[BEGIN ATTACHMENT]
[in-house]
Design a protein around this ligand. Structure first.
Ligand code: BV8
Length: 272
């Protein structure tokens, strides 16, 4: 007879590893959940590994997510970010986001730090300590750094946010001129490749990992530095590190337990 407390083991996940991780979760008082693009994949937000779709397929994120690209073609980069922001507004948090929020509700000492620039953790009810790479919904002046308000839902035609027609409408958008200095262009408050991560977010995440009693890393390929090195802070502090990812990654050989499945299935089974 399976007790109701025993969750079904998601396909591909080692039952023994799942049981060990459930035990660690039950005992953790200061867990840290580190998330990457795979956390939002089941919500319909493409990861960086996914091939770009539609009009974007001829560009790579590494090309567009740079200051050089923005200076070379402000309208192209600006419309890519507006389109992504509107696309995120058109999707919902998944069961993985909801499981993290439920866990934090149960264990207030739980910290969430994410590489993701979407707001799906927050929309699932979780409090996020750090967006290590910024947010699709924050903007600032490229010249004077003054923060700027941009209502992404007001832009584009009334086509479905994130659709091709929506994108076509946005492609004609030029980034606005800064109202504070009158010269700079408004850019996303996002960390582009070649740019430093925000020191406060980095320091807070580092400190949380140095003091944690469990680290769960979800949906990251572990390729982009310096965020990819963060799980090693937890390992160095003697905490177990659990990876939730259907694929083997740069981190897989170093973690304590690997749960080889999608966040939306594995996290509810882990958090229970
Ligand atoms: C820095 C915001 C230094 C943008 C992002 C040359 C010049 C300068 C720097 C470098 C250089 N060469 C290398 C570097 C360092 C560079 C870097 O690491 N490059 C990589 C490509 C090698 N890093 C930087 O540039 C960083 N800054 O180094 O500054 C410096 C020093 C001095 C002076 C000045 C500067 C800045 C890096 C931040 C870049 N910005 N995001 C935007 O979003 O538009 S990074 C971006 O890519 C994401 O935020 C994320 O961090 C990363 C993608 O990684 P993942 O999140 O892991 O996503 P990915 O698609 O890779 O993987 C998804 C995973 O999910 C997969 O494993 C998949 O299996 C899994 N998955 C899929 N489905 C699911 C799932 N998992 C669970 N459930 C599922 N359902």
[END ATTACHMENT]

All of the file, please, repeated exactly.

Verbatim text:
[in-house]
Design a protein around this ligand. Structure first.
Ligand code: BV8
Length: 272
């Protein structure tokens, strides 16, 4: 007879590893959940590994997510970010986001730090300590750094946010001129490749990992530095590190337990 407390083991996940991780979760008082693009994949937000779709397929994120690209073609980069922001507004948090929020509700000492620039953790009810790479919904002046308000839902035609027609409408958008200095262009408050991560977010995440009693890393390929090195802070502090990812990654050989499945299935089974 399976007790109701025993969750079904998601396909591909080692039952023994799942049981060990459930035990660690039950005992953790200061867990840290580190998330990457795979956390939002089941919500319909493409990861960086996914091939770009539609009009974007001829560009790579590494090309567009740079200051050089923005200076070379402000309208192209600006419309890519507006389109992504509107696309995120058109999707919902998944069961993985909801499981993290439920866990934090149960264990207030739980910290969430994410590489993701979407707001799906927050929309699932979780409090996020750090967006290590910024947010699709924050903007600032490229010249004077003054923060700027941009209502992404007001832009584009009334086509479905994130659709091709929506994108076509946005492609004609030029980034606005800064109202504070009158010269700079408004850019996303996002960390582009070649740019430093925000020191406060980095320091807070580092400190949380140095003091944690469990680290769960979800949906990251572990390729982009310096965020990819963060799980090693937890390992160095003697905490177990659990990876939730259907694929083997740069981190897989170093973690304590690997749960080889999608966040939306594995996290509810882990958090229970
Ligand atoms: C820095 C915001 C230094 C943008 C992002 C040359 C010049 C300068 C720097 C470098 C250089 N060469 C290398 C570097 C360092 C560079 C870097 O690491 N490059 C990589 C490509 C090698 N890093 C930087 O540039 C960083 N800054 O180094 O500054 C410096 C020093 C001095 C002076 C000045 C500067 C800045 C890096 C931040 C870049 N910005 N995001 C935007 O979003 O538009 S990074 C971006 O890519 C994401 O935020 C994320 O961090 C990363 C993608 O990684 P993942 O999140 O892991 O996503 P990915 O698609 O890779 O993987 C998804 C995973 O999910 C997969 O494993 C998949 O299996 C899994 N998955 C899929 N489905 C699911 C799932 N998992 C669970 N459930 C599922 N359902």